For each specialty in this study, we constructed a specialty domain based on the diagnostic rubrics assigned to the ambulatory visits made by Medicare patients. Using diagnosis clusters (DCs)—a method of aggregating International Classification of Diseases, Ninth Revision (ICD-9) rubrics into related medical conditions—we constructed a set of DCs and ICD-9 rubrics that fell within the medical realm generally addressed by a specific specialty.29 These domains were constructed by the study team and reviewed and revised by the Carrier Advisory Committee—specialists who advise the Medicare intermediary within Washington State. For example, the most common DCs within dermatology were skin keratoses, dermatitis and eczema, and skin cancers; diagnoses within these clusters were "in domain." By contrast, a dermatologist who provided care for hypertension would be considered to be providing "out-of-domain" care.

Preventive Care: Influenza Immunization. Part of the primary care role is ensuring that patients receive such preventive interventions as annual influenza vaccinations, an injection that can be easily administered in the physician's office and is reimbursed separately by Medicare.30,31 We defined an immunization as any line item that included the appropriate diagnostic or billing code for an influenza vaccination (Current Procedural Terminology 90724 or the Health Care Financing Administration Common Procedure Coding System G0008, and ICD-9 V048); duplicates were eliminated. For each specialty, we computed the immunization rate for their majority-of-care patients and determined whether the patient received the immunization from the majority-of-care specialty or some other identifiable physician.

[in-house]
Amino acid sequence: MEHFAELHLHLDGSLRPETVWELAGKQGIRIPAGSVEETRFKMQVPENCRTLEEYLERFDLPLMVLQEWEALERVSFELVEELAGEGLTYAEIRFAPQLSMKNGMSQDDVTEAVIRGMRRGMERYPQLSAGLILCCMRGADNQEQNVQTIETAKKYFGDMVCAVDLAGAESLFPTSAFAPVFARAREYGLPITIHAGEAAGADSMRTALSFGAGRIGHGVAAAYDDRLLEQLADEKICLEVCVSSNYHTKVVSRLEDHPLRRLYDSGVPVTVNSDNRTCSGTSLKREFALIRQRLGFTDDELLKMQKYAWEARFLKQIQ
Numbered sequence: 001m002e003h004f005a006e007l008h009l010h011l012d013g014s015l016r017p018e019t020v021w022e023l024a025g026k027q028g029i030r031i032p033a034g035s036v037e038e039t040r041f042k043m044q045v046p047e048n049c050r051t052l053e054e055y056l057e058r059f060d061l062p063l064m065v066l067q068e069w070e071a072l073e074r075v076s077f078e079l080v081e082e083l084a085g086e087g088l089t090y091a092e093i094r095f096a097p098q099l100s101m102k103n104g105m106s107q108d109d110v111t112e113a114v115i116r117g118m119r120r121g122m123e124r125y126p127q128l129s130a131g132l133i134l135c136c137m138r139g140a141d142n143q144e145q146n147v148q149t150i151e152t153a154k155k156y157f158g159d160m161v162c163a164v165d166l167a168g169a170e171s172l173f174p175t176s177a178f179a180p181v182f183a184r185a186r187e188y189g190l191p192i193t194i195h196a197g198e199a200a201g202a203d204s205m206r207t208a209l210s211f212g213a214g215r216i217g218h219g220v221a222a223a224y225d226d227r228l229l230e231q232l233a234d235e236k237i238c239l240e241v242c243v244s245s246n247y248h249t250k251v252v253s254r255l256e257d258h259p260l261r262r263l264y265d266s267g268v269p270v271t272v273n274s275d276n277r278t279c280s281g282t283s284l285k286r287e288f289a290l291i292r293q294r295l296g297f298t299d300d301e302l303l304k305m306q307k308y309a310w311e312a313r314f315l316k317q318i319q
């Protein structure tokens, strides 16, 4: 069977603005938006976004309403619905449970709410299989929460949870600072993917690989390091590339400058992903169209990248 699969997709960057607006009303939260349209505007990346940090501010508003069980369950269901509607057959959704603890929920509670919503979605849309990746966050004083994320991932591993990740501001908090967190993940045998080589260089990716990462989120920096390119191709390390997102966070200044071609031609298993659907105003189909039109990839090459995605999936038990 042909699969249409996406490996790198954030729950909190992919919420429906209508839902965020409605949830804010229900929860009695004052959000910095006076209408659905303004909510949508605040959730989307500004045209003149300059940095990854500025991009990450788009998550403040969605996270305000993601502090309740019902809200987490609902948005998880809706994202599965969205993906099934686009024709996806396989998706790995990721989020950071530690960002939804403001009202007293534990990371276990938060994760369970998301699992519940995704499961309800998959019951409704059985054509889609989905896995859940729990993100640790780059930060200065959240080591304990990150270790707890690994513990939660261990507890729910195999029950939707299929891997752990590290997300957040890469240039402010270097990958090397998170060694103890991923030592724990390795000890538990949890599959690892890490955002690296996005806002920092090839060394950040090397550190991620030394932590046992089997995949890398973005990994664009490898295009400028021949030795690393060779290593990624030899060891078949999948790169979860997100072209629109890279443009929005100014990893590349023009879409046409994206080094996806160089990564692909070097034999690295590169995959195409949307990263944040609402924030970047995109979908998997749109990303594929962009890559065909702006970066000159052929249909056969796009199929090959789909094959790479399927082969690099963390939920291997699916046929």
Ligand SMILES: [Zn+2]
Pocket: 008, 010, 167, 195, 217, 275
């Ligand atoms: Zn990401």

Statistical Considerations

Because of the large number of patients in this study, confidence intervals for the figures in the tables that follow are relatively narrow. As an example, the 95% confidence interval for the vaccination rate of patients of neurologists—the group with the fewest majority-of-care patients—is 35.5 to 41.7, with a point estimate of 38.6; confidence intervals for all other specialties are narrower. The differences among groups (generalists vs medical specialists vs surgical specialists) are highly significant in all tables (P<.001).

Description of Washington State Medicare Patients and Physicians

During the study period, 373505 Health Care Financing Administration beneficiaries from Washington State received all their medical care within Washington State, had at least 1 outpatient visit in both 1994 and 1995, and were alive at the end of the study period. In the aggregate, these patients made 5590687 ambulatory visits over the 2-year period, or an average of 7.48 outpatient visits per patient per year. A total of 9.6% of patients made visits only to generalists during the 2-year period, while 14.7% of patients made visits only to specialists.

General internists (GIMs) and family physicians (FPs) accounted for 40.4% of outpatient visits during the study period. The 13 largest medical and surgical specialties in the aggregate have roughly the same number of ambulatory visits as GIMs and FPs combined. The balance of ambulatory visits are to office- and hospital-based specialists, who in the aggregate account for 17.5% of all ambulatory visits (Table 1).

Table Graphic Jump LocationTable 1.—Outpatient Visits by Washington State Medicare Beneficiaries to Selected Physician Specialties, 1994-1995